Tag: adulting

Naked! :O

Ok, so not exactly naked.

The day arrived where my Microsoft Band broke, and I have had to remove it from my wrist and send it back for a repair/replacement.

I now have to endure the next 8ish working days without being able to track my sleep, daily calorie burn, exercise, getting reminded to put on sunscreen, and also getting reminded to get up and moving.

I haven’t had the band all that long, but it’s almost scary how much I am missing it already. I am already sad that I won’t be able to see my pretty graphs.

I feel naked. Though as first world problems go, it’s not the end of the world. I’m betting when I get my band back again, it’ll take me a while to once again get used to it.


My Brain: The Crazy making machine

Some of you may remember an earlier blog post where I spoke about a break in at a flat in the same complex I live in.

Well, there was another ‘incident’ this week. I got a knock on my door at about 9:30pm from a neighbour who had seen someone wearing a hoody lurking around my living room window and car. When they challenged him, he legged it over the fence.


This is where my brain turns into a crazy making machine. What my logic tells me is this:

  • The scumbag was scared off before being able to break in to anything. Odds of him coming back any time soon, knowing that the residents are once again on high alert, are slim to none.
  • It’s likely that this is the same scum bag who broke into my neighbours flat, hoping that enough time has passed for us to no longer be on high alert, and hoping that he can get another easy score. He’s probably now scouted out my flat, and realised it’s not going to be easy pickings.
  • My neighbours are still vigilant, so if anything dodgy is going on, it’s going to be noticed, investigated, and reported.
  • The bloke is more than happy to stay at mine for as long as needed to play my white knight until I feel a bit more secure.
  • I should, with any luck, be moving to pastures new within the next couple of months. So I won’t have to worry about the security of the complex where I live for much longer.
  • I have my stuff insured, plus I have motion sensor alarms since the previous incident. The odds of someone sneaking in whilst I sleep are slim to none.
  • If someone does break in looking for easy pickings, they will be aiming to grab easily transportable things. Alarms, confrontation, etc, are likely to scare them off.

Here is what my brain has conjured up for me in the face of what logic states:

  • A random scary psycho dude is going to break in and stab me in my sleep.

I don’t know why my brain has conjured this scenario. I’ve never been stabbed. I don’t know anyone who has been randomly stabbed. It’s incredibly silly. Yet this is what my brain now tells me is going to happen in the face of all logic and reason just as I’m trying to sleep.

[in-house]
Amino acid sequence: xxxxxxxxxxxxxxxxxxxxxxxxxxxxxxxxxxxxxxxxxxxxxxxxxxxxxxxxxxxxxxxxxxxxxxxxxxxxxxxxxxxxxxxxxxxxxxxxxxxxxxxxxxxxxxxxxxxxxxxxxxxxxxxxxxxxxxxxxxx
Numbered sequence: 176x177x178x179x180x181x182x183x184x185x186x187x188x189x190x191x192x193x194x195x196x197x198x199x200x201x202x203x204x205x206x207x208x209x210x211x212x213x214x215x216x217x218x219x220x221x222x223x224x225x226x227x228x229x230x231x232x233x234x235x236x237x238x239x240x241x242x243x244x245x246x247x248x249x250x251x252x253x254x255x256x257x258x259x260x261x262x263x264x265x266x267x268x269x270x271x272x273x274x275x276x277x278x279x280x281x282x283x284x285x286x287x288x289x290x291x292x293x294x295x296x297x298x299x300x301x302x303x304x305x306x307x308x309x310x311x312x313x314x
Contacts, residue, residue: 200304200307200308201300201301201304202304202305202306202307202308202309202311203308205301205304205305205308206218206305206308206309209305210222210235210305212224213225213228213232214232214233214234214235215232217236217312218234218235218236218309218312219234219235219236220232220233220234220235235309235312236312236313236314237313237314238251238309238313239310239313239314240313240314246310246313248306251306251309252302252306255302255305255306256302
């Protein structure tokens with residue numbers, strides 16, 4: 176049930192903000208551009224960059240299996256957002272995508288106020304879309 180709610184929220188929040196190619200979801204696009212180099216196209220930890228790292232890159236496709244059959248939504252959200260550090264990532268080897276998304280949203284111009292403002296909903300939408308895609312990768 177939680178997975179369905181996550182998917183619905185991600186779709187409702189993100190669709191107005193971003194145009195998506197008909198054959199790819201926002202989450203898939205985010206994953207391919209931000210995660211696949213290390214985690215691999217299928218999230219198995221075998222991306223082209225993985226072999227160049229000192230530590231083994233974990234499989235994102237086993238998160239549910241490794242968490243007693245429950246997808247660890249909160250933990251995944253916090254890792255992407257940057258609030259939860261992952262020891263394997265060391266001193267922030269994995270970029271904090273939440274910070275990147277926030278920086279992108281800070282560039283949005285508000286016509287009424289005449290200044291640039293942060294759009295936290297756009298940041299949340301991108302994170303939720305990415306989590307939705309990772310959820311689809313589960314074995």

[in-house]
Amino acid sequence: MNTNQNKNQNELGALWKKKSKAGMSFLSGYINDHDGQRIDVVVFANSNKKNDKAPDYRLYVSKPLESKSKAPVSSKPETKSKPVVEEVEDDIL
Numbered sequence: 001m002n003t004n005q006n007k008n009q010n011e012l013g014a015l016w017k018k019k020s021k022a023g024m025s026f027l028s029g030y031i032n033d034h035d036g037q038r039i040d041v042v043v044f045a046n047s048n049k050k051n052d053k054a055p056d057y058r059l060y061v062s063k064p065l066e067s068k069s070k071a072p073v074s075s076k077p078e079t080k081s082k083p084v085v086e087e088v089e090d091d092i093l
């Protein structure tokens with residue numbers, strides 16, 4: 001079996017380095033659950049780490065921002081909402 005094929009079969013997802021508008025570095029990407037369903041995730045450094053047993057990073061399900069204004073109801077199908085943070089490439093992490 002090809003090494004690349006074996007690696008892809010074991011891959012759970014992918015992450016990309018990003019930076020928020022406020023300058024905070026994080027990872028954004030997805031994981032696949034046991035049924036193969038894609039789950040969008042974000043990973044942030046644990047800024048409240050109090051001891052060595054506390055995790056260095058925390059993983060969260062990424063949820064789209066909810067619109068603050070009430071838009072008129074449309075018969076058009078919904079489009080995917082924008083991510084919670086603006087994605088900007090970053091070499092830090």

I was running short on sleep anyway, because I daren’t keep my windows open when it gets dark due to the prior incident, and my flat is too hot. I’m now running on even less sleep. It’s annoying. And kind of headachey.

So, in a nutshell – my brain is stupid, and should probably have a word with itself.

Trolley Rage

This has been a frustrating week. I have encountered various scenarios where life isn’t going quite as expected, or neatly following the carefully laid out plans in my head.

Of course, this is just life being life. I’ve just never been able to deal that well with curve balls. I like my routines. I like things behaving *properly*. This has been a week that has thrown me for a loop. I am generally more irritable and distracted from the things I should be focusing on as a result.

That brings me to the icing on the cake. The straw that broke the camels back.

The supermarket where I do my weekly shop has moved all of the aisles around.

I get why supermarkets do this. They like to have their customers meandering around completely lost, viewing all the available merchandise, and potentially making an impulse purchase. All this does for me is serve to irritate.

I am the kind of person who makes a shopping list. I do not deviate from it. In addition, I have my shopping list carefully ordered by aisle, so I can get in an out as quickly as possible.

Imagine my sense of outrage when I went to pick up a bottle of Pepsi, and instead found myself facing packets of crisps. Tragically, this was the first moment I realised things had moved, since I was existing in my own head already seething about all the various other things that haven’t gone quite according to my own expectations this week alone.

I went to find coffee. That now lives where all the wine and spirits *used* to live.

Two of my major caffeine supplies have been moved. Seriously. I think it was lucky that no one died when I was doing my shop. It was a brave move on the part of the super market planners. Frankly, I’m amazed that there haven’t been blood baths caused by these kinds of impromptu switch arounds. What kind of nutcases move the caffeine?

The final insult to this already¬†grievous¬†injury was realising that all the goods in the chillers have been shifted around to. My usual quick 5 minute rush doing my weekly shop was delayed further as it took me another 3 minutes to find where the Philadelphia snack pots now live. If I hadn’t been so irritated, I suspect that a calmer mind may have found these at least 2 minutes earlier.